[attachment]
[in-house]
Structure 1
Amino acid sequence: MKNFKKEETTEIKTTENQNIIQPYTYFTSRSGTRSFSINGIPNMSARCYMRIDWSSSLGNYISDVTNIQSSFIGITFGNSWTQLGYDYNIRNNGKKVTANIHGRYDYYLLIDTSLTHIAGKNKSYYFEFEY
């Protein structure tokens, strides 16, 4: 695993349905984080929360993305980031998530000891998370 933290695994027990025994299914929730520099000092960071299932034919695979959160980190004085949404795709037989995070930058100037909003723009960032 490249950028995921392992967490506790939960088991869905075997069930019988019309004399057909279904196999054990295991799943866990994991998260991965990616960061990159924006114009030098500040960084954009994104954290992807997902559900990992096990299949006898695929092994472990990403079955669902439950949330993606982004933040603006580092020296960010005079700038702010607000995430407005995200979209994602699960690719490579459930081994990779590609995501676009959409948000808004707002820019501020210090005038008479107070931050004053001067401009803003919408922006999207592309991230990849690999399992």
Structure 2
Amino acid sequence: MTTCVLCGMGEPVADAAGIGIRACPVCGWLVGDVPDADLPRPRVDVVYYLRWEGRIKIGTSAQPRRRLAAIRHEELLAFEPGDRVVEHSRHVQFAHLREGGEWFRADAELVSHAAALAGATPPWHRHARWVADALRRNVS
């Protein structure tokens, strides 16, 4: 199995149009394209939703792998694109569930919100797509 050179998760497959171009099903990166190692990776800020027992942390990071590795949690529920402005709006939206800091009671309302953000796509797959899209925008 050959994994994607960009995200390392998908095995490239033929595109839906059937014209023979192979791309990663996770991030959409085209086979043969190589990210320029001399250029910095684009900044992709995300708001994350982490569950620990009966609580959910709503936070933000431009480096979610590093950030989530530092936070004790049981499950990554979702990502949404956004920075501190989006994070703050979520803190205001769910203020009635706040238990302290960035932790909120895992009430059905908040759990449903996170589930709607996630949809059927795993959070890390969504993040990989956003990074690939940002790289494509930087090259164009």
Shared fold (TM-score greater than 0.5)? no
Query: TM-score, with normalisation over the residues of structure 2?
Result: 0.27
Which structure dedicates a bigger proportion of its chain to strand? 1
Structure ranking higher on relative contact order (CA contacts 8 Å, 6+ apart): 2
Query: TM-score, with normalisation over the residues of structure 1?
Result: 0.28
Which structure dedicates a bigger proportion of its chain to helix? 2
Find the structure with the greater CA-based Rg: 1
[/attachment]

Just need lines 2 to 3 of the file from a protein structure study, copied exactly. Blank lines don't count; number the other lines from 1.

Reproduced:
Structure 1
Amino acid sequence: MKNFKKEETTEIKTTENQNIIQPYTYFTSRSGTRSFSINGIPNMSARCYMRIDWSSSLGNYISDVTNIQSSFIGITFGNSWTQLGYDYNIRNNGKKVTANIHGRYDYYLLIDTSLTHIAGKNKSYYFEFEY